John Magee, Mike Berkley, and Jesse Turner are the funny and knowledgeable guys behind the Native Plant Podcast. They convened in Chicago to do a series of interviews during the Lurie Garden celebration. Magee and Berkley talked with Oudolf, as well as co-design Roy Diblik of Northwind Perennial Farm and Laura Ekasetya of Lurie Garden.

Take some time to listen these fun and entertaining podcasts. You'll laugh, you'll learn, and you'll have a greater appreciation for the role of grasses and sedges.

Access all three podcasts here.
Native Plant Podcast at Lurie Garden
Roy Diblik, Jesse Turner, Piet Oudolf, John Magee, and Mike Berkley in the Lurie Garden.
The Influence of Piet Oudolf's Perennial Gardens

Take a deep and wonderful dive into gardens with this post by Megan Wade from the Lurie Garden blog. Learn about the designers and experience the projects that bear the mark of Oudolf's ideas. 

The post describes the New Perennial Movement and how thoughts about planting design and public spaces have changed. It's a lush and beautiful post worth reading.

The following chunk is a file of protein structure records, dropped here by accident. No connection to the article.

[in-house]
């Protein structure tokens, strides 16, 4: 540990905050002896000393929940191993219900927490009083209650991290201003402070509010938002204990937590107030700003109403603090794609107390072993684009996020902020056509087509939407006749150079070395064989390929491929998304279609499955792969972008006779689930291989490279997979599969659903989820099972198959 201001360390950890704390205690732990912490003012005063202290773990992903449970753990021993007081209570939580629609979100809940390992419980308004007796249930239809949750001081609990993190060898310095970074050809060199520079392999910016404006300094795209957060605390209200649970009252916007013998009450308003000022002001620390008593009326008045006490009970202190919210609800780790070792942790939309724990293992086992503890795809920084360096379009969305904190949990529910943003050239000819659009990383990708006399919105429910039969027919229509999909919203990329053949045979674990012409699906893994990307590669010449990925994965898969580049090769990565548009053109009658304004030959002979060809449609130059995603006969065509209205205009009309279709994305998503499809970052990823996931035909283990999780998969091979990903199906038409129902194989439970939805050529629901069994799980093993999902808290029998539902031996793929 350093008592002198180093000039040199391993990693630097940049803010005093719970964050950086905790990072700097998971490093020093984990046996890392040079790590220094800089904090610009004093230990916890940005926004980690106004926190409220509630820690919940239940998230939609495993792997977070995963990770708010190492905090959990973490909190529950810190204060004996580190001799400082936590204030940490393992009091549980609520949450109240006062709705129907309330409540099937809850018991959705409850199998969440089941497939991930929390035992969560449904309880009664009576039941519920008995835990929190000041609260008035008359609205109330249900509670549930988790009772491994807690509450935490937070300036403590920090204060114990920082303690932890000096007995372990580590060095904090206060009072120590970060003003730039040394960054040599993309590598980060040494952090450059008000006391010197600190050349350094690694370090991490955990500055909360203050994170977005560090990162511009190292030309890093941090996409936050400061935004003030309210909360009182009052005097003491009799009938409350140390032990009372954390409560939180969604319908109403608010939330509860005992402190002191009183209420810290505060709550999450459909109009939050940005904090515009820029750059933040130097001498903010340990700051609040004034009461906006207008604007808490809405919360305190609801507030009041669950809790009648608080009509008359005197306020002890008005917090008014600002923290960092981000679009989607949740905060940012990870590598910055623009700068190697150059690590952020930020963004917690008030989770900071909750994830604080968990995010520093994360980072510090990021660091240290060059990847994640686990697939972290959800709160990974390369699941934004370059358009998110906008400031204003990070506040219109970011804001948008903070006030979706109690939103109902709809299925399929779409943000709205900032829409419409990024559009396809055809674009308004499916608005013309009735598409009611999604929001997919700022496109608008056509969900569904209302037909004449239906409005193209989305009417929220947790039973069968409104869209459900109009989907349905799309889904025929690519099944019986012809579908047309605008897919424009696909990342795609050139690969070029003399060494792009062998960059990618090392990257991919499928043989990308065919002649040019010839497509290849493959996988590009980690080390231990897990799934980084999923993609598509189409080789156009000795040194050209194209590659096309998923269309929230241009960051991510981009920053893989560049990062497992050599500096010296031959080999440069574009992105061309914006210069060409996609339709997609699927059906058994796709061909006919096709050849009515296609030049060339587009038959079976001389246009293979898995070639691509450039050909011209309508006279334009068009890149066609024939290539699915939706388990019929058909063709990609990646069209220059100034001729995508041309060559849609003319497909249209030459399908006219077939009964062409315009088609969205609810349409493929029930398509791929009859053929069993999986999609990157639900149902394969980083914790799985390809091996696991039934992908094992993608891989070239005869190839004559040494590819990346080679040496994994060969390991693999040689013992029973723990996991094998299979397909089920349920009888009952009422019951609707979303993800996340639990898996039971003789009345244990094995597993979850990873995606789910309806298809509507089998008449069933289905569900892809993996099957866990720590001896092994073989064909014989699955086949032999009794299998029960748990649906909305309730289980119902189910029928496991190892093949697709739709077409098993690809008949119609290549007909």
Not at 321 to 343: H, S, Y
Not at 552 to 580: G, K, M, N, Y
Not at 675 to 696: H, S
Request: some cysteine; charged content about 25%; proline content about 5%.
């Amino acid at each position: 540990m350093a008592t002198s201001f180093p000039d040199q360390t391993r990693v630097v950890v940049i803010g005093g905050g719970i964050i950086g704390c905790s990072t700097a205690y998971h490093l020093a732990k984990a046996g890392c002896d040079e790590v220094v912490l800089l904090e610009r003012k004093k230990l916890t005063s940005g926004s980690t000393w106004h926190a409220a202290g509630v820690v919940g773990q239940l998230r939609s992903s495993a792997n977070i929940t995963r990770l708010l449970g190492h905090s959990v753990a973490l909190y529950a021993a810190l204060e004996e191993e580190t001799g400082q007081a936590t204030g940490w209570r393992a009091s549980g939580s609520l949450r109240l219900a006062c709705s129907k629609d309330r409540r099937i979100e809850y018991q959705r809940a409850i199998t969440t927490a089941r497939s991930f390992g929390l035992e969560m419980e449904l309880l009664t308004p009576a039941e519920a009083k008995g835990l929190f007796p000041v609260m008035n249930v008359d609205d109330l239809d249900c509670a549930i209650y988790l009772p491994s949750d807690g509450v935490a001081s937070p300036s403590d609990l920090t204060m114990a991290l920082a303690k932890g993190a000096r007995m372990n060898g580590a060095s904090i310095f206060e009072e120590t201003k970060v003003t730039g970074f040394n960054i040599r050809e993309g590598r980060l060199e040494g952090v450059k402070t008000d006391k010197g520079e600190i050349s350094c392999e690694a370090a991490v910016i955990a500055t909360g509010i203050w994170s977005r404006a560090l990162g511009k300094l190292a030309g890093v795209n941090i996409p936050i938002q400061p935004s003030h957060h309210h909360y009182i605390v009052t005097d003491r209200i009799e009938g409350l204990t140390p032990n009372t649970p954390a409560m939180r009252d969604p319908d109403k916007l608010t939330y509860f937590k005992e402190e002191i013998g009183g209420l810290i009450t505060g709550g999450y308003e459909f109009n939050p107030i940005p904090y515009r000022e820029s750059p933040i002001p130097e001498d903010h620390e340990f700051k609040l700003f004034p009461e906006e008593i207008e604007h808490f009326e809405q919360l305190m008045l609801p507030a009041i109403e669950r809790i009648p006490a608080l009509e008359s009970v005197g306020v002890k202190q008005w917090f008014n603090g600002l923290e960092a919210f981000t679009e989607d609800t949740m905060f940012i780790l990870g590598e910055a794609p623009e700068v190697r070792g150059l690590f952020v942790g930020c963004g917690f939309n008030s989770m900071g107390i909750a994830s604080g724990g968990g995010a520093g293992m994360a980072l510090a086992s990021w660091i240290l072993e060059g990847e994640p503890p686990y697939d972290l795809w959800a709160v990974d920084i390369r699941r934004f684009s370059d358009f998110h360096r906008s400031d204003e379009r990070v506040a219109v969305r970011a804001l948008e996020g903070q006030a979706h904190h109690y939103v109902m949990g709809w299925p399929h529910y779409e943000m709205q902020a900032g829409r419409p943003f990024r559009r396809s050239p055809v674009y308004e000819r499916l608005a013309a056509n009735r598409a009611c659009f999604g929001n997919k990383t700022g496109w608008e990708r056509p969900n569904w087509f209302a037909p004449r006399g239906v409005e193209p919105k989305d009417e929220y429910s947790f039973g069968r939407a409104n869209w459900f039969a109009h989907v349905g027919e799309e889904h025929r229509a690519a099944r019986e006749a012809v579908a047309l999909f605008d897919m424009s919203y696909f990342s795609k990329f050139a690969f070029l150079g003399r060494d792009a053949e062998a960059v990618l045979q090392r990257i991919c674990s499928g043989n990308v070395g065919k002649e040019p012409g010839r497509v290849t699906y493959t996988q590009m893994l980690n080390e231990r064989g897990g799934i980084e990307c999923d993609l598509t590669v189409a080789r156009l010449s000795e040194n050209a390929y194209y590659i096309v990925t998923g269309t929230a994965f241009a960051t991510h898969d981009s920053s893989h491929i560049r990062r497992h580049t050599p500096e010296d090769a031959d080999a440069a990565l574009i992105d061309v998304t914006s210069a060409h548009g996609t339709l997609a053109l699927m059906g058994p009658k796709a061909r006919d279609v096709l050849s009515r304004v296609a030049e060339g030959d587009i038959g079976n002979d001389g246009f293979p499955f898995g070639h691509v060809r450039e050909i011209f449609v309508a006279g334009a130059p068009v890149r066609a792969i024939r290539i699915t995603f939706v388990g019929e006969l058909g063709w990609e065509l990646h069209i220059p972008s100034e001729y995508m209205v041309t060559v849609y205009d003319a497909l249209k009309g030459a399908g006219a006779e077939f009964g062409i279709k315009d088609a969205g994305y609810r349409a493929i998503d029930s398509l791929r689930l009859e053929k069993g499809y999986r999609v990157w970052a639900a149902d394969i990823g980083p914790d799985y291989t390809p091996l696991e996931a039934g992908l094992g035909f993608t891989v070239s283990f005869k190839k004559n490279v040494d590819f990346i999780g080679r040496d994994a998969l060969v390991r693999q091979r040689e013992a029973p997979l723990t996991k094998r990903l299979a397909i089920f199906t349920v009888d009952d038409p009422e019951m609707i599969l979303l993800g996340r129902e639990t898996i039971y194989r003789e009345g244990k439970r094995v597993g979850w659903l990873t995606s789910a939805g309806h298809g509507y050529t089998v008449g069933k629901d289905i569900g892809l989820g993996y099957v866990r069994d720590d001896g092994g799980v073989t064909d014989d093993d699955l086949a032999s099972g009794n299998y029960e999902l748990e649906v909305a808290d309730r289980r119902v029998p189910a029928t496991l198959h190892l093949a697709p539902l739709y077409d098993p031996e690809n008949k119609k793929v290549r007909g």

Spotlight on Prairie Grasses

The Big Four
Little Bluestem on the High Line
Little Bluestem brings a range of colors to the High Line.
The High Line has become a beloved destination.This New York-based, elevated garden gets people excited about gardening. Earlier this month, the High Line's Plant of the Week blog featured four grasses. 

They're designated "The Big Four" because of their dominant role in the  tallgrass prairie. According to the blog post, tallgrass prairie once covered 170 million acres in the north-central United States and Canada. Now, only 4% of the original tallgrass prairie remains.

The High Line contains plantings of all four grass species, so visitors can see what makes these grasses so appealing. Their toughness, beauty, and adaptability make them go-to plants for modern landscapes.

Read the High Line post about these toughies.

Versatility and Seasonality with Switchgrass